Australia and Japan will likely oppose China’s bid to join one of the world’s largest trade agreements unless it halts its economic coercion campaign targeting Australian exports and resumes diplomatic contact.
Beijing announced on Sept. 16 that it had formally applied to join the Comprehensive and Progressive Agreement for Trans-Pacific Partnership (CPTPP) in a letter to New Zealand Trade Minister Damien O’Connor.
The CPTPP was signed by 11 nations in 2018, and covers 13.4 percent of global GDP.
Prospective members (including the United Kingdom and Thailand) can gain entry only with unanimous support from all pact members, which includes Australia, Brunei, Canada, Chile, Japan, Malaysia, Mexico, New Zealand, Peru, Singapore, and Vietnam.
Australian Trade Minister Dan Tehan said China could not join the CPTPP until members were convinced of a “track record of compliance” with existing trade and World Trade Organisation (WTO) agreements. It would also require Beijing to resume high-level dialogue with Australia, he told Newscorp’s Weekend Australian.
“CPTPP parties would also want to be confident that an accession candidate would fully implement its commitments under the agreement in good faith,” Tehan said.
“As we have conveyed to China, these are important matters which require ministerial engagement.”
Japanese Economic Minister Yasutoshi Nishimura echoed Tehan’s comments.
“Japan believes that it’s necessary to determine whether China, which submitted a request to join the TPP-11, is ready to meet its extremely high standards,” he told reporters on Sept. 17.
Japanese Deputy Finance Minister Kenji Nakanishi suggested on Twitter that same day that Beijing’s subsidiaries of state-owned enterprises and its arbitrary application of law would hinder efforts to join CPTPP.
“China … is far removed from the free, fair and highly transparent world of TPP, chances that it can join are close to zero,” he wrote in a Twitter post. “This can be thought of as a move to prevent Taiwan from joining.”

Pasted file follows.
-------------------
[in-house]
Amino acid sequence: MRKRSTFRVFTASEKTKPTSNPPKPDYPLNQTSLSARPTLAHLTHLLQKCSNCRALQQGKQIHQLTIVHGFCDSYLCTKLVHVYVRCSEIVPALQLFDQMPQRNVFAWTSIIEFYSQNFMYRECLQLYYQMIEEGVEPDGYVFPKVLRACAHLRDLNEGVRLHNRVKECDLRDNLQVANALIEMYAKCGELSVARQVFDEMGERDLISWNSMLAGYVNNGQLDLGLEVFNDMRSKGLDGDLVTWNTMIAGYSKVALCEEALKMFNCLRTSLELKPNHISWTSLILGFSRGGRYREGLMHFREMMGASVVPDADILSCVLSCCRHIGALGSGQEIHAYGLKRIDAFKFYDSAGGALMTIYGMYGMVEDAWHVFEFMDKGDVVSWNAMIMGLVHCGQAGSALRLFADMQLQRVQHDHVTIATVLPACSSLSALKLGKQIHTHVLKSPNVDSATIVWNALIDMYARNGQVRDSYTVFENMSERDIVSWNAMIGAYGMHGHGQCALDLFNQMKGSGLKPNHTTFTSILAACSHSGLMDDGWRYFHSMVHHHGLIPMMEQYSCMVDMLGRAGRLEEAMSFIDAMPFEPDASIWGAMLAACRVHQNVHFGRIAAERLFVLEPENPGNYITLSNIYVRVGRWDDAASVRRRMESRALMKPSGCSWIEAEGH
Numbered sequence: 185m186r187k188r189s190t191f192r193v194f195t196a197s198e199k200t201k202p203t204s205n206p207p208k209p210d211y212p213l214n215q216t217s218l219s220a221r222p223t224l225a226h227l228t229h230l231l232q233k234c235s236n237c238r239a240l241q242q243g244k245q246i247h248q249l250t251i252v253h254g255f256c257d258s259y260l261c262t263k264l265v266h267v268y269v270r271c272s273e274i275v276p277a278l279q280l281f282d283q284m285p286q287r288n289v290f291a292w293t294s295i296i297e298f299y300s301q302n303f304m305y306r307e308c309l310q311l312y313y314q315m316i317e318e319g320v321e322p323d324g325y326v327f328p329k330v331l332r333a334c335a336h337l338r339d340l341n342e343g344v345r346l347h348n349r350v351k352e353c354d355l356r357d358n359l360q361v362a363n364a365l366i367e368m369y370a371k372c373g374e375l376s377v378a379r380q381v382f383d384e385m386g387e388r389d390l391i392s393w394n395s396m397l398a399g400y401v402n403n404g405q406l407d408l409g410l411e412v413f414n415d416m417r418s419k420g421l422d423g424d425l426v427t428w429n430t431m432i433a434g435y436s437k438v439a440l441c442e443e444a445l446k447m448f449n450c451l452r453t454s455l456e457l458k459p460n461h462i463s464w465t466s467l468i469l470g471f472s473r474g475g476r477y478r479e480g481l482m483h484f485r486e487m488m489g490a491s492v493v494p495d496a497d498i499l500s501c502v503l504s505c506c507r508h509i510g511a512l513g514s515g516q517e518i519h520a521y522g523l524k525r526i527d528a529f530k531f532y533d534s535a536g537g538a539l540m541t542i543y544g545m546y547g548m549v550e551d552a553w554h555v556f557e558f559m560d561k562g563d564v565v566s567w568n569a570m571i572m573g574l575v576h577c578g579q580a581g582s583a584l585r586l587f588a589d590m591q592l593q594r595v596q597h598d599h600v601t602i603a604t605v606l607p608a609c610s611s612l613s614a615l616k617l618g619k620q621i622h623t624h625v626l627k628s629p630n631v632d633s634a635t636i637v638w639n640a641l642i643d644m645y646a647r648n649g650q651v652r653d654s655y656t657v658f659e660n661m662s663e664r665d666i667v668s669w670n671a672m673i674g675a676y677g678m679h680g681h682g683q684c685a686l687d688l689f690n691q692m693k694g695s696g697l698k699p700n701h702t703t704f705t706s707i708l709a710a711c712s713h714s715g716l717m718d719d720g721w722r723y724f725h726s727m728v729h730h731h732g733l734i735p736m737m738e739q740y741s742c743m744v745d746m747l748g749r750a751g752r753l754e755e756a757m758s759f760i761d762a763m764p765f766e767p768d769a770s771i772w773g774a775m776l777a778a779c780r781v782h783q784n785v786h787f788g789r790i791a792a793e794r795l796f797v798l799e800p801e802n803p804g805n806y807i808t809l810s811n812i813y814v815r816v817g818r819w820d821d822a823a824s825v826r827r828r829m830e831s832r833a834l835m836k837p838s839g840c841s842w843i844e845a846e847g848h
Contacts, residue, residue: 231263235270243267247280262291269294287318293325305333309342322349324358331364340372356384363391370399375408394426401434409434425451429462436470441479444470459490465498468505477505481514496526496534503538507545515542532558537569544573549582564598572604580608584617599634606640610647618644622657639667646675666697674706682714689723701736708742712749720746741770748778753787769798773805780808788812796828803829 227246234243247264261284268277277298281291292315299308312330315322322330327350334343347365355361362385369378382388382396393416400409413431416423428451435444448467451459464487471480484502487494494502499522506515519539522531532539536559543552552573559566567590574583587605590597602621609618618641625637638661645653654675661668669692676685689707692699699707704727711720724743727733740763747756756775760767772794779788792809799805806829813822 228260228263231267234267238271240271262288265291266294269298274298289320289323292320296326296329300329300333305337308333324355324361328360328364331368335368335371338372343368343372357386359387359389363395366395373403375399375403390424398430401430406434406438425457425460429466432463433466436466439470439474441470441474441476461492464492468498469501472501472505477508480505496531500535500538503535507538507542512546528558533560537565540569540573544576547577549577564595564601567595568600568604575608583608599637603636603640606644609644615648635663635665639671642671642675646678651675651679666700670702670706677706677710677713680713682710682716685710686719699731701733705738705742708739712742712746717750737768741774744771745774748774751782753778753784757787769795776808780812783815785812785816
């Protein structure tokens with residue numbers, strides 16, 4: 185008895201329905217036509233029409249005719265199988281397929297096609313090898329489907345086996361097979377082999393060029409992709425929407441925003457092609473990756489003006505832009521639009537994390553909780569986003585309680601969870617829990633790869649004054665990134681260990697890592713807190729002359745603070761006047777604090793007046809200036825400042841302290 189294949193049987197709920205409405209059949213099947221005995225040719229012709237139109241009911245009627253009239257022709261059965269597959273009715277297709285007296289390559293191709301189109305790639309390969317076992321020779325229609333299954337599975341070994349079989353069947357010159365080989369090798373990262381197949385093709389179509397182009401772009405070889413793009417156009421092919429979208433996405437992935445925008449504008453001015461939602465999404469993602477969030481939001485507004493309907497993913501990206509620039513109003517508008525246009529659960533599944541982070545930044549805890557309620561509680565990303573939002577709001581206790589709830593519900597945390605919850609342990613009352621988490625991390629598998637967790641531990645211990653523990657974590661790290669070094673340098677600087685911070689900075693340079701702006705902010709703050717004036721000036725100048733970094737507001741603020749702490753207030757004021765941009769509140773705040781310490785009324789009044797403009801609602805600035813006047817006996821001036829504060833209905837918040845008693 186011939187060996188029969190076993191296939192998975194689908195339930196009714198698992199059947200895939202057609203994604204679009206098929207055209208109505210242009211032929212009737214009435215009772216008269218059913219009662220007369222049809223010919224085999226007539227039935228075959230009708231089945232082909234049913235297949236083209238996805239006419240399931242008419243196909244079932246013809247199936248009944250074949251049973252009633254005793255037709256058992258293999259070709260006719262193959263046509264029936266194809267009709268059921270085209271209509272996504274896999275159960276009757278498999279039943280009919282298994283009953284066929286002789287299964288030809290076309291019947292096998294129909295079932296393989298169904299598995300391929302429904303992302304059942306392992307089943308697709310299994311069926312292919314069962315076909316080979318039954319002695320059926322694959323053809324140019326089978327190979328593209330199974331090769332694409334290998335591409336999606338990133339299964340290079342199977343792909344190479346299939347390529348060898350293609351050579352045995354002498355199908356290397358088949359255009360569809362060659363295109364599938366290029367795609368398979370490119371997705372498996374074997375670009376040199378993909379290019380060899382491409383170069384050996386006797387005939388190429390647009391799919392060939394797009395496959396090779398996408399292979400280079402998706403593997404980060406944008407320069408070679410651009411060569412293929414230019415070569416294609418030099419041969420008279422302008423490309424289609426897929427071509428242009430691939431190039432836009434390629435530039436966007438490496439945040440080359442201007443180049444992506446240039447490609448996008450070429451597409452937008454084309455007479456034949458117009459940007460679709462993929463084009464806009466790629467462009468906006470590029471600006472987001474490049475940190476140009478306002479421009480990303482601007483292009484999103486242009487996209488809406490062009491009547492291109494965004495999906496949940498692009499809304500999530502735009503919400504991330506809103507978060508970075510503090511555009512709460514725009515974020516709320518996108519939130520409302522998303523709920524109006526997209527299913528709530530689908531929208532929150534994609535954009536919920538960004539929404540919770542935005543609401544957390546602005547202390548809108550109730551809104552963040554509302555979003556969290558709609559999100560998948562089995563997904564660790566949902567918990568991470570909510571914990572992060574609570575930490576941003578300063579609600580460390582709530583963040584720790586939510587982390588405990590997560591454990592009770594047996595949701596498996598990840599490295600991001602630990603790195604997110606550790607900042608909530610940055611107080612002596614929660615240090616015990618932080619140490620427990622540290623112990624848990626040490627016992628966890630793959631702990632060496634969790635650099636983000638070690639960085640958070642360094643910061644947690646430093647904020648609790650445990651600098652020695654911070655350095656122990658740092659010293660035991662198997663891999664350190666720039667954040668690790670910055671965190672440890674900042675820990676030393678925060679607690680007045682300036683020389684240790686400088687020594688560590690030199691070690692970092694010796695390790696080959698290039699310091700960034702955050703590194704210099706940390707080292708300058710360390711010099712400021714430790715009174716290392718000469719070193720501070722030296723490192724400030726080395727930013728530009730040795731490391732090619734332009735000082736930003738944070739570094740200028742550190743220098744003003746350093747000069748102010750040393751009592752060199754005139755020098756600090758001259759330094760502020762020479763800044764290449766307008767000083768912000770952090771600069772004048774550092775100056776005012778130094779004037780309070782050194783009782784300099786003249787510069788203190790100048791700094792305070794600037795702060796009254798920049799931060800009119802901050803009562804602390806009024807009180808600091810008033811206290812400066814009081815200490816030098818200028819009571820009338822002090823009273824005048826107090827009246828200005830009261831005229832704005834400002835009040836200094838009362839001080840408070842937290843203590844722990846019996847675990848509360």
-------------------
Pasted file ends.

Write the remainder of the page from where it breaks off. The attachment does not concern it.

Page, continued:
A U.S. State Department spokesperson said the department could not comment directly on China’s bid but noted: “We would expect China’s non-market trade practices and China’s use of economic coercion against other countries would factor into CPTPP parties’ evaluation of China as a potential candidate for accession,” according to Reuters.
Since April 2020, Australia has weathered an ongoing trade coercion campaign from Beijing after Foreign Minister Marise Payne called for an investigation into the origins of COVID-19. The move drew a sharp rebuke from Chinese Ambassador to Canberra Cheng Jingye, who warned of potential action against Australia’s trading relationship with China.
In the following months, the Chinese Communist Party (CCP) implemented a series of bans, suspensions, and regulatory hurdles on Australian coal, wine, beef, barley, lobster, timber, lamb, and cotton exports to the country.
Australian Treasurer Josh Frydenberg said the result was a $5.4 billion drop in trade exports over the year to the June quarter. However, during the same period, “exports of those goods to the rest of the world have increased by $4.4 billion,” he told the Australian National University’s Crawford Leadership Forum on Sept. 6.
Besides diversifying trade to other nations, Australia has launched two actions via the WTO over the wine and barley tariffs.
Beijing has responded with a flurry of WTO actions against Australian tariffs implemented several years ago on Chinese goods including tariffs on wind tower imports in 2014 (valued at 10.9 percent), railway wheels in 2015 (17.4 percent), and stainless-steel sinks in 2019 (60.2 percent).
Australian Finance Minister Simon Birmingham called the move “petty.”